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3 Machine Learning Mistakes I Made (Often)

by on March 21, 2013

As a novice in this machine learning field, I managed to make a lot of mistakes. But I was fortunate to have knowledgable and patient colleagues who guided me on the straight and narrow path to predictive success (like Charlie Parker, who co-authored this post). Here are 3 machine learning mistakes I managed to make more than once. I hope it’ll help you to recognize and understand them when you happen to encounter them using BigML.ML_mistakes

1-node model

There’s a sense of anticipation as you watch a predictive model being built, layer by layer in BigML’s web interface. But for some of my datasets, it would stop at the root node, leaving me with a perfectly useless 1-node decision tree. I remember filing it as a bug the first time it happened!One node model

It turned out that I had used a skewed dataset. The classes for my objective field were not balanced in the training set. If for instance 99% of my training set would have “TRUE” as class for it’s objective feature, the model would simply predict “TRUE” in all cases and be 99% accurate. It’s a mistake that is simple to remedy, if you have enough data:  Simply throw out some of the data from the dominant class.  Be careful not to throw out too much, though (you don’t want to throw away useful data) and be sure to pick the points you throw away at random, otherwise you might introduce some bias.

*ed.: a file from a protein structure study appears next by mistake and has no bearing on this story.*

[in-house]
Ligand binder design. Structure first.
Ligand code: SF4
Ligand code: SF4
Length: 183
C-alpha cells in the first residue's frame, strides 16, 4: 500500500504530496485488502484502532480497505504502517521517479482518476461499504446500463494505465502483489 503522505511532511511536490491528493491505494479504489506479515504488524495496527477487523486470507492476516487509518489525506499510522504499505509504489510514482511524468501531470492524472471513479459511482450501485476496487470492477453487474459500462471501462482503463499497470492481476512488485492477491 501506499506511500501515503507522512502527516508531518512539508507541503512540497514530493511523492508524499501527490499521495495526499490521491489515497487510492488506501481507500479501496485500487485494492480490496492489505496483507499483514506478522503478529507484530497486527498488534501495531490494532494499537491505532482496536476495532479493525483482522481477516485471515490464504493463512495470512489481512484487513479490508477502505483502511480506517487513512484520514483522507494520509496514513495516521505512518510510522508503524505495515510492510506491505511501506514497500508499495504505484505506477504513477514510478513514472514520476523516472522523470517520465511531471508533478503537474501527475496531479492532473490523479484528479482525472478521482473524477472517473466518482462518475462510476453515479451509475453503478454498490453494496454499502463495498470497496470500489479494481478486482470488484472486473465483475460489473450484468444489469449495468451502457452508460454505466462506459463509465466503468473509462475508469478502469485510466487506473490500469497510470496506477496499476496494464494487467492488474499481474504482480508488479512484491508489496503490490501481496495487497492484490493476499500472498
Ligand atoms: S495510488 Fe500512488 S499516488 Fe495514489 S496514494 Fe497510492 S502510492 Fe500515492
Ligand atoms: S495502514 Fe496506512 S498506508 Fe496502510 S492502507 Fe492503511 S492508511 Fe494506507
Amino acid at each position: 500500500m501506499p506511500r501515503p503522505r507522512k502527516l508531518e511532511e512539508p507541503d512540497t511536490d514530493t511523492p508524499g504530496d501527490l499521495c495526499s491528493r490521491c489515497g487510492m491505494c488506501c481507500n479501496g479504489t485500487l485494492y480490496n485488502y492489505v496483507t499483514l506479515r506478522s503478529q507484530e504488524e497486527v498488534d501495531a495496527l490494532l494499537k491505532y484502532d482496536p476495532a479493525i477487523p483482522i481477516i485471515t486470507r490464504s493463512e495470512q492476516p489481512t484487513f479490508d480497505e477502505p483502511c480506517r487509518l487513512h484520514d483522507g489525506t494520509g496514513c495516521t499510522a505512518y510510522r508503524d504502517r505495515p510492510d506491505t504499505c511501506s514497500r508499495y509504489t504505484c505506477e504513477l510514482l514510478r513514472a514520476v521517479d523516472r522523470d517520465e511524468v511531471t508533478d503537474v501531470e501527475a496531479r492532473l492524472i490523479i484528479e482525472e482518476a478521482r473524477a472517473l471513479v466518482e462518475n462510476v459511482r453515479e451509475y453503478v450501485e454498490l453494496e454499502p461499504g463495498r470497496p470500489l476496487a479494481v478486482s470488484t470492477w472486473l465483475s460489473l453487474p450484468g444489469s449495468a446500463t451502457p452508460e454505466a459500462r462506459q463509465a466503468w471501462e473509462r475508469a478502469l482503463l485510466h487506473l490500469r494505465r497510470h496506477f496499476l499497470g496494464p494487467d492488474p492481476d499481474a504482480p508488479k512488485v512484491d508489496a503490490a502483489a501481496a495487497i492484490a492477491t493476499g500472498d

How much should you throw away?  It’s a bit of a guessing game, but sometimes the relative importance of the two classes can provide an insight:  Say it’s 10 times more important to you to get the “FALSE” examples right than the “TRUE” examples.  A good place to start might  be to throw as much data away as you need to to make the “FALSE” class 10 times more likely than it was in the original dataset.  So if the dataset is 1% “FALSE”, throw out “TRUE” examples until it is 10% “FALSE”.